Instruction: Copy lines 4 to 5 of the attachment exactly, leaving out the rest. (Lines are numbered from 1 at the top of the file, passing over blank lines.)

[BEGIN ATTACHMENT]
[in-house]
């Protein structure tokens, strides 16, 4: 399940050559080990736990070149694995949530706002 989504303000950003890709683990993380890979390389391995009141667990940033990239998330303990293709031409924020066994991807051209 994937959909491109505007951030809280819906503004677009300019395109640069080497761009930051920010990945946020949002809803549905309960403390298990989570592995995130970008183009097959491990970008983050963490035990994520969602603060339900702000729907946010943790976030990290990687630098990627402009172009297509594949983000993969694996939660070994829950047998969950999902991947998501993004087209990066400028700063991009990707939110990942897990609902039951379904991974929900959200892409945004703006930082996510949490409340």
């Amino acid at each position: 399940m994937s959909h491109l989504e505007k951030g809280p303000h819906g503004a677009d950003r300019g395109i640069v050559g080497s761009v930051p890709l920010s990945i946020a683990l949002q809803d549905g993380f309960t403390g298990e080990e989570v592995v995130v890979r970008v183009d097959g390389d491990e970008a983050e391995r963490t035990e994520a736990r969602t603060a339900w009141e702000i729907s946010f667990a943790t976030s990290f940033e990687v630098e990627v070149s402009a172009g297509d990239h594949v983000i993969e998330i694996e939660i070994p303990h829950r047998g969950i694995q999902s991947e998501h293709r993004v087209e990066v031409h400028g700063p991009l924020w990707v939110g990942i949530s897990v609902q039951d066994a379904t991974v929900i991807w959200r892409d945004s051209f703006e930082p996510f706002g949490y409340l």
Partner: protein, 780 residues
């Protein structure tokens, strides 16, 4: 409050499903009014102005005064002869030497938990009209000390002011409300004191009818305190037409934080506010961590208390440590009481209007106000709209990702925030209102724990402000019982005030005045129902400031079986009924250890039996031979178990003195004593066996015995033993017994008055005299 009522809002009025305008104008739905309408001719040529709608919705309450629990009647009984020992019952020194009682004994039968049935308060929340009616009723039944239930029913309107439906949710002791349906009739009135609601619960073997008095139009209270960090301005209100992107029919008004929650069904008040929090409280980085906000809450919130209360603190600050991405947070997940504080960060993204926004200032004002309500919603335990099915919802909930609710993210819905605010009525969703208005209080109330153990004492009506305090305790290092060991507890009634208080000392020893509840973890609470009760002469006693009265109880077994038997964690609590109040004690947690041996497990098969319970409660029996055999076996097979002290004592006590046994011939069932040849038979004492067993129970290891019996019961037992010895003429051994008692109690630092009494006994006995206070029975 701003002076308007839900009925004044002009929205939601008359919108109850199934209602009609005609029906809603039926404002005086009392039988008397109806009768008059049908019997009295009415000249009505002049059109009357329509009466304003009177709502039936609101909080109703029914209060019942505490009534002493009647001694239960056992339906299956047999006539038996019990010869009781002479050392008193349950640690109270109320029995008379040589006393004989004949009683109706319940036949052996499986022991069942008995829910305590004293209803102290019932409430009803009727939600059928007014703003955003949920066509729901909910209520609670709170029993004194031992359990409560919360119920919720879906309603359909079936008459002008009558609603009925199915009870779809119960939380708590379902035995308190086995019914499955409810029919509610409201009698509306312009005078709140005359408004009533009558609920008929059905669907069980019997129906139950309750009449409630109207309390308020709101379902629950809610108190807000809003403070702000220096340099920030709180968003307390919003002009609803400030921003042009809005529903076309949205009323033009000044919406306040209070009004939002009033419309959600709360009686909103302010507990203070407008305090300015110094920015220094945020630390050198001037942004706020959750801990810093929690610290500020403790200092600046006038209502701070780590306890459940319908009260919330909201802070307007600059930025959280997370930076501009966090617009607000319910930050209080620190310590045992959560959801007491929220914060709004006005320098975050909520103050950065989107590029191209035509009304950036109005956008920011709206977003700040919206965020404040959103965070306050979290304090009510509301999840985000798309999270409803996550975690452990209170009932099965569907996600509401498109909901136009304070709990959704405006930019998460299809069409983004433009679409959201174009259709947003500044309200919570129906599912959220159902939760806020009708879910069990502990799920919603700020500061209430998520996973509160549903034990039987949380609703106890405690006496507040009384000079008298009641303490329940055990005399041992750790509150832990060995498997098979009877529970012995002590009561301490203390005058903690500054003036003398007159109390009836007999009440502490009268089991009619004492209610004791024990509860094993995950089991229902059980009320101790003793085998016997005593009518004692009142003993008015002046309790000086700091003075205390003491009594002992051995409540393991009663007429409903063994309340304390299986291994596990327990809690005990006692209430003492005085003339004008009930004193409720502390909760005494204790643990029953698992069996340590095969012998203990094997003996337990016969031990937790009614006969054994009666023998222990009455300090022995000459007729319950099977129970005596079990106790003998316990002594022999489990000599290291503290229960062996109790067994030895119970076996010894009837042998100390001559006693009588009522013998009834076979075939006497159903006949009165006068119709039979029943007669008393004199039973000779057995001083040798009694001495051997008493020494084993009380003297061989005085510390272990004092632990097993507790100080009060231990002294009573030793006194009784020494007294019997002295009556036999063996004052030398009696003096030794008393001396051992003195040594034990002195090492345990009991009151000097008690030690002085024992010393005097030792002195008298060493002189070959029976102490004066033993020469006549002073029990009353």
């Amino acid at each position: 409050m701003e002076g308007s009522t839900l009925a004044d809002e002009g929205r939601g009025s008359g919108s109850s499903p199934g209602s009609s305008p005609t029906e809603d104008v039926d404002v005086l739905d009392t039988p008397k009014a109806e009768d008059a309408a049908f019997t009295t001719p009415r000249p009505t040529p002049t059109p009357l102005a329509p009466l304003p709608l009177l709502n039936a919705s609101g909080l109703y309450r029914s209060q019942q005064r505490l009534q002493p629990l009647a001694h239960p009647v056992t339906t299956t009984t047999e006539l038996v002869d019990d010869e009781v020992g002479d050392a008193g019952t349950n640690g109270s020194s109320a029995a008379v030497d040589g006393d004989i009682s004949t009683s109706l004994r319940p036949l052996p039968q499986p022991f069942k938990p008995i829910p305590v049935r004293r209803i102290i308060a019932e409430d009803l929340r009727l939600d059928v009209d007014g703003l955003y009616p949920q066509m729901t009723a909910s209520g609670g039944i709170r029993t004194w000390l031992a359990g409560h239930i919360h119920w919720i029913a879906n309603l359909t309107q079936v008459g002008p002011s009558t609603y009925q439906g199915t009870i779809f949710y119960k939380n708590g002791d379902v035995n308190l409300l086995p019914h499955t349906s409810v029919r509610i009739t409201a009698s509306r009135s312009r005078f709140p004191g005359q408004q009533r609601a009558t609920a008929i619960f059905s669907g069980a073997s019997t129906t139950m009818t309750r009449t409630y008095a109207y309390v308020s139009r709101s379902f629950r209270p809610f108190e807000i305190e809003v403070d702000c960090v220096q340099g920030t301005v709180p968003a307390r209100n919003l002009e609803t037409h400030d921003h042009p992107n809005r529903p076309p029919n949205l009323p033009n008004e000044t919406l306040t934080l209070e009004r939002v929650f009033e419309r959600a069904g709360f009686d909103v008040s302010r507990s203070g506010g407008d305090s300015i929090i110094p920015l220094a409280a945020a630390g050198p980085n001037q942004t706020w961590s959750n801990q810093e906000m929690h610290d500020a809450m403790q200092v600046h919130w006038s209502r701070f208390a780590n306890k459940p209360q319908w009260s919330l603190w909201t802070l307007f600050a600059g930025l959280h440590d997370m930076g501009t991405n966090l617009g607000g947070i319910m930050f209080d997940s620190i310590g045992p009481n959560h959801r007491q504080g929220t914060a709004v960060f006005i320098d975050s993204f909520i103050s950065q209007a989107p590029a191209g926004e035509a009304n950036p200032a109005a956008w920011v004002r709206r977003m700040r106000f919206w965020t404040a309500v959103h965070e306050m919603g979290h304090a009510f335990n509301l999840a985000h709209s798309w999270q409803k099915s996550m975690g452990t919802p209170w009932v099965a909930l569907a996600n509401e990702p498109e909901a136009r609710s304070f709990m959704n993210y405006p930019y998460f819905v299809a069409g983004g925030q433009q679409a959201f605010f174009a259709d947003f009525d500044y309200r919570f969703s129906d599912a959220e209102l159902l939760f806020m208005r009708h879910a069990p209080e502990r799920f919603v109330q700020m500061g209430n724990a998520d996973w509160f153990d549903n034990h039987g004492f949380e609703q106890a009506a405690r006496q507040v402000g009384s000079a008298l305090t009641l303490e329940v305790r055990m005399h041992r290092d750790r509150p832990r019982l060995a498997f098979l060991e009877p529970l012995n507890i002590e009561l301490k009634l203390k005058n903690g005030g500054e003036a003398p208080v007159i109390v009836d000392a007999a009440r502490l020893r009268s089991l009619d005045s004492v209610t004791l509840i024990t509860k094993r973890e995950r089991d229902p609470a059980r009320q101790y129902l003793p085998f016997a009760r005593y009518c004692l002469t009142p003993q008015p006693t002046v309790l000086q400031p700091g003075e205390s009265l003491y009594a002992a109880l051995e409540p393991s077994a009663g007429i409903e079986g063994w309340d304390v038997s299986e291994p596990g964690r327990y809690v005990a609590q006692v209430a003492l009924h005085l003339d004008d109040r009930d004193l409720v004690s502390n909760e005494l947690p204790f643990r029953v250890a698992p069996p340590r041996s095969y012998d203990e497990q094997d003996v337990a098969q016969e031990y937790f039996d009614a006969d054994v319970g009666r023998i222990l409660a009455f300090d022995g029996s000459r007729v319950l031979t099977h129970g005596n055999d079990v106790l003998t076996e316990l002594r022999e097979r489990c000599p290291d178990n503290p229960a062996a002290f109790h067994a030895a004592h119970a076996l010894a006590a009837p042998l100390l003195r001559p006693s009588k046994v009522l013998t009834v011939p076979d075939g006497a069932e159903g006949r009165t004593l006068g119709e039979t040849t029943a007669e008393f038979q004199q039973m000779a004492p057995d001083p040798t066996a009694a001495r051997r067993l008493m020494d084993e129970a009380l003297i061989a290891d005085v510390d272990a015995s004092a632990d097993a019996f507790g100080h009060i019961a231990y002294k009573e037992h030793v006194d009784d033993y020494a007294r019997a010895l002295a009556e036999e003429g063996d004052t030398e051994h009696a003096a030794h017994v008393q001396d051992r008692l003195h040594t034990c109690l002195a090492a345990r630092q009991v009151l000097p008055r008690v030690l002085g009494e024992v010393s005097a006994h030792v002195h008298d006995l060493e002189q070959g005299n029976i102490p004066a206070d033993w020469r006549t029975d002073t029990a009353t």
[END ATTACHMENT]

Partner: protein, 780 residues
């Protein structure tokens, strides 16, 4: 409050499903009014102005005064002869030497938990009209000390002011409300004191009818305190037409934080506010961590208390440590009481209007106000709209990702925030209102724990402000019982005030005045129902400031079986009924250890039996031979178990003195004593066996015995033993017994008055005299 009522809002009025305008104008739905309408001719040529709608919705309450629990009647009984020992019952020194009682004994039968049935308060929340009616009723039944239930029913309107439906949710002791349906009739009135609601619960073997008095139009209270960090301005209100992107029919008004929650069904008040929090409280980085906000809450919130209360603190600050991405947070997940504080960060993204926004200032004002309500919603335990099915919802909930609710993210819905605010009525969703208005209080109330153990004492009506305090305790290092060991507890009634208080000392020893509840973890609470009760002469006693009265109880077994038997964690609590109040004690947690041996497990098969319970409660029996055999076996097979002290004592006590046994011939069932040849038979004492067993129970290891019996019961037992010895003429051994008692109690630092009494006994006995206070029975 701003002076308007839900009925004044002009929205939601008359919108109850199934209602009609005609029906809603039926404002005086009392039988008397109806009768008059049908019997009295009415000249009505002049059109009357329509009466304003009177709502039936609101909080109703029914209060019942505490009534002493009647001694239960056992339906299956047999006539038996019990010869009781002479050392008193349950640690109270109320029995008379040589006393004989004949009683109706319940036949052996499986022991069942008995829910305590004293209803102290019932409430009803009727939600059928007014703003955003949920066509729901909910209520609670709170029993004194031992359990409560919360119920919720879906309603359909079936008459002008009558609603009925199915009870779809119960939380708590379902035995308190086995019914499955409810029919509610409201009698509306312009005078709140005359408004009533009558609920008929059905669907069980019997129906139950309750009449409630109207309390308020709101379902629950809610108190807000809003403070702000220096340099920030709180968003307390919003002009609803400030921003042009809005529903076309949205009323033009000044919406306040209070009004939002009033419309959600709360009686909103302010507990203070407008305090300015110094920015220094945020630390050198001037942004706020959750801990810093929690610290500020403790200092600046006038209502701070780590306890459940319908009260919330909201802070307007600059930025959280997370930076501009966090617009607000319910930050209080620190310590045992959560959801007491929220914060709004006005320098975050909520103050950065989107590029191209035509009304950036109005956008920011709206977003700040919206965020404040959103965070306050979290304090009510509301999840985000798309999270409803996550975690452990209170009932099965569907996600509401498109909901136009304070709990959704405006930019998460299809069409983004433009679409959201174009259709947003500044309200919570129906599912959220159902939760806020009708879910069990502990799920919603700020500061209430998520996973509160549903034990039987949380609703106890405690006496507040009384000079008298009641303490329940055990005399041992750790509150832990060995498997098979009877529970012995002590009561301490203390005058903690500054003036003398007159109390009836007999009440502490009268089991009619004492209610004791024990509860094993995950089991229902059980009320101790003793085998016997005593009518004692009142003993008015002046309790000086700091003075205390003491009594002992051995409540393991009663007429409903063994309340304390299986291994596990327990809690005990006692209430003492005085003339004008009930004193409720502390909760005494204790643990029953698992069996340590095969012998203990094997003996337990016969031990937790009614006969054994009666023998222990009455300090022995000459007729319950099977129970005596079990106790003998316990002594022999489990000599290291503290229960062996109790067994030895119970076996010894009837042998100390001559006693009588009522013998009834076979075939006497159903006949009165006068119709039979029943007669008393004199039973000779057995001083040798009694001495051997008493020494084993009380003297061989005085510390272990004092632990097993507790100080009060231990002294009573030793006194009784020494007294019997002295009556036999063996004052030398009696003096030794008393001396051992003195040594034990002195090492345990009991009151000097008690030690002085024992010393005097030792002195008298060493002189070959029976102490004066033993020469006549002073029990009353």